Syracuse candidates await absentee ballots in Council primary, Caldwell secures spot
This week’s primary had a race among Democrats in Syracuse for two councilor-at-large seats on the city’s Common Council. Some political newcomers are leading the pack of six candidates.
Rasheada Caldwell, a long-time community activist and youth coordinator with the Allyn Foundation, dominated the field of candidates on Tuesday with over 3,000 votes. That’s more than either of the two Democratic mayoral candidates received. She’s also the mother of Rasheed Baker, a 21-year-old, all-CNY high school football player who was shot and killed in Syracuse in 2017. She started a youth organization in his honor.
While Caldwell has secured one of the Democratic ballot lines, the other candidates all came within a few percentage points of each other, and the winner will be determined by how well they do when absentee ballots are counted next week. More than 1,200 absentee ballots were sent out citywide, with over 550 returned, so far.
Coming in second, currently, is Amir Gethers, a 27-year-old contract compliance officer with Onondaga County who grew up on the city’s south side and whose family owns a funeral home. He’s happy to be in second, although a little disappointed with the numbers. He has 16% of the vote.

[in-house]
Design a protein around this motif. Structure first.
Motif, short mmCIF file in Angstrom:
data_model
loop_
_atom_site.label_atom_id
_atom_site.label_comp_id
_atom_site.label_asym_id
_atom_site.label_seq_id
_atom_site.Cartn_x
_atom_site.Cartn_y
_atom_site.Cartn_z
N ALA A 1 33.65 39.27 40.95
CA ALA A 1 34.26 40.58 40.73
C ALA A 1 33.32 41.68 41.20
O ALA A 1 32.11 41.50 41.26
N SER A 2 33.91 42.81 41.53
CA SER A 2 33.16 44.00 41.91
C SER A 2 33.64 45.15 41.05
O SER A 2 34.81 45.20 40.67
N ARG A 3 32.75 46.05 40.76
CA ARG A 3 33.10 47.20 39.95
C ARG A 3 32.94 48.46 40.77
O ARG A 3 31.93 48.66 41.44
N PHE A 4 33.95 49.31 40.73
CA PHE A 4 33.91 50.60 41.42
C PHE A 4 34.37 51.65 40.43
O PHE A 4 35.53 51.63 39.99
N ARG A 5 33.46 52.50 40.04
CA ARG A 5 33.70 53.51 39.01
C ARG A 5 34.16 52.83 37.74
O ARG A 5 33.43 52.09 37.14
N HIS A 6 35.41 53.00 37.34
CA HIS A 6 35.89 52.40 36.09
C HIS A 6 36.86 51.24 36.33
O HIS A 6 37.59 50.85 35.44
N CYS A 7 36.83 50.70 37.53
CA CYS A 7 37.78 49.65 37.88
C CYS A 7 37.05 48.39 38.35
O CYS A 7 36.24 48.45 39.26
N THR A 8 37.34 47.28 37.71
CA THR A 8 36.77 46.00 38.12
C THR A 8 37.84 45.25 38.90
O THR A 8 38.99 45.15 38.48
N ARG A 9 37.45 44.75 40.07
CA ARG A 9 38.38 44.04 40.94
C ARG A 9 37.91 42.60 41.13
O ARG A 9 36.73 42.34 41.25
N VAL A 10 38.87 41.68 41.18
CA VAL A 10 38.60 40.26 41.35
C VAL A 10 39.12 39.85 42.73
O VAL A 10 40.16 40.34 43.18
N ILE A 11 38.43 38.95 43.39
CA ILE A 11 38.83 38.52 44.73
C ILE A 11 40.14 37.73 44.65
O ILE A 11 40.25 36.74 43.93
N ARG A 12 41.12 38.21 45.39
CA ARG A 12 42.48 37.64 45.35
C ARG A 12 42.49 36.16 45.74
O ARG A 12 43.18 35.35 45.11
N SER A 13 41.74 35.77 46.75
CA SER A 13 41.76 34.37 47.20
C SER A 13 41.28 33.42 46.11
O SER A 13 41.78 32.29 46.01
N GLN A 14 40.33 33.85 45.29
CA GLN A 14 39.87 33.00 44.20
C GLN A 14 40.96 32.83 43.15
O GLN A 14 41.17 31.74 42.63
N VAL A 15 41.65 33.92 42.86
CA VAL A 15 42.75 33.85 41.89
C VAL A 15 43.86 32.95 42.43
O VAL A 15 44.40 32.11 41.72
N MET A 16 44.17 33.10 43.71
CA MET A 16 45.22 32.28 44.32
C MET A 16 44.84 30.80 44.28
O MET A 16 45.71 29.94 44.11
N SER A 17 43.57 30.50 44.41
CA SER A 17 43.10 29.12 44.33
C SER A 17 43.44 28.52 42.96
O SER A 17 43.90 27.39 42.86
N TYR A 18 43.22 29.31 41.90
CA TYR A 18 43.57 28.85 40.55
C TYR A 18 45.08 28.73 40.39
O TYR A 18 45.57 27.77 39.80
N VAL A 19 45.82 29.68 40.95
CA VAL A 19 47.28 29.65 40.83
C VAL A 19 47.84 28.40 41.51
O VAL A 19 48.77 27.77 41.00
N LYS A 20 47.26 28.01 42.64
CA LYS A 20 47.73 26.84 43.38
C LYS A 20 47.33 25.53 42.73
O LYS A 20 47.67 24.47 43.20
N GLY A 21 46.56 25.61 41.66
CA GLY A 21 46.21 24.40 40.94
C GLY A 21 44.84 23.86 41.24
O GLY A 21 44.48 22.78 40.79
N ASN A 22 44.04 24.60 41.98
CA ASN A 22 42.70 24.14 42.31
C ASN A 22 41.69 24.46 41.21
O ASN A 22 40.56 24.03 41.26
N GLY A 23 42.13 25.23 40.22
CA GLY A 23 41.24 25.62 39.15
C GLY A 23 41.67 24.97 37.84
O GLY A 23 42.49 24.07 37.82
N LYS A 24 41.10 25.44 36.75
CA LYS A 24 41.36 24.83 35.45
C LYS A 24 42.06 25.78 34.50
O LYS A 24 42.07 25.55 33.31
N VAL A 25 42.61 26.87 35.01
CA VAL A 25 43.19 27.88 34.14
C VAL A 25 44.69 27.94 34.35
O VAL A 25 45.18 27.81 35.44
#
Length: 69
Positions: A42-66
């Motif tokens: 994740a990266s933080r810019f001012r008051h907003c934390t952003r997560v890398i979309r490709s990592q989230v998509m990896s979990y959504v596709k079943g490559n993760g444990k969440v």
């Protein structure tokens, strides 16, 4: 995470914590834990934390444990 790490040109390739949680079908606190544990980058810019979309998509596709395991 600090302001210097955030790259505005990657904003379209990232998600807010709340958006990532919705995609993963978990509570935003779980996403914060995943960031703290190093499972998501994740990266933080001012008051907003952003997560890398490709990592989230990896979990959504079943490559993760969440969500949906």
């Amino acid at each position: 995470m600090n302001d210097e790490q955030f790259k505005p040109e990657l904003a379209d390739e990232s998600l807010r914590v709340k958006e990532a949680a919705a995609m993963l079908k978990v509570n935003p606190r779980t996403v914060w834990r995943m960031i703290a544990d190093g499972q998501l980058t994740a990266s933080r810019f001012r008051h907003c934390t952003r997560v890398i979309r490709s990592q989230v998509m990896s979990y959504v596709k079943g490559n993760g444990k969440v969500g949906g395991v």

“Still feeling great and confident, it’s just that this absentee ballot thing we’re going through right now is causing me to be really, really nervous,” Gethers said.
He’s up by more than 200 votes over Councilor-at-Large Ronnie White Jr., who was appointed to the seat last year. White said being down 200 votes is not ideal, but he is hopeful. He says his biggest disappointment was the lack of media coverage of the race. He would’ve loved a debate or an in-depth interview.
“There’s more to a race, a candidate, than just who they are,” White said. “It’s really important what they’re going to do and I think voters should know that.”
Alfonso Davis, Walt Dixie and Kayla Johnson are all within a percentage point or two of White. Johnson will be on the Working Families ballot line. Two Republicans, Randy Potter and Norm Snyder are also running in November.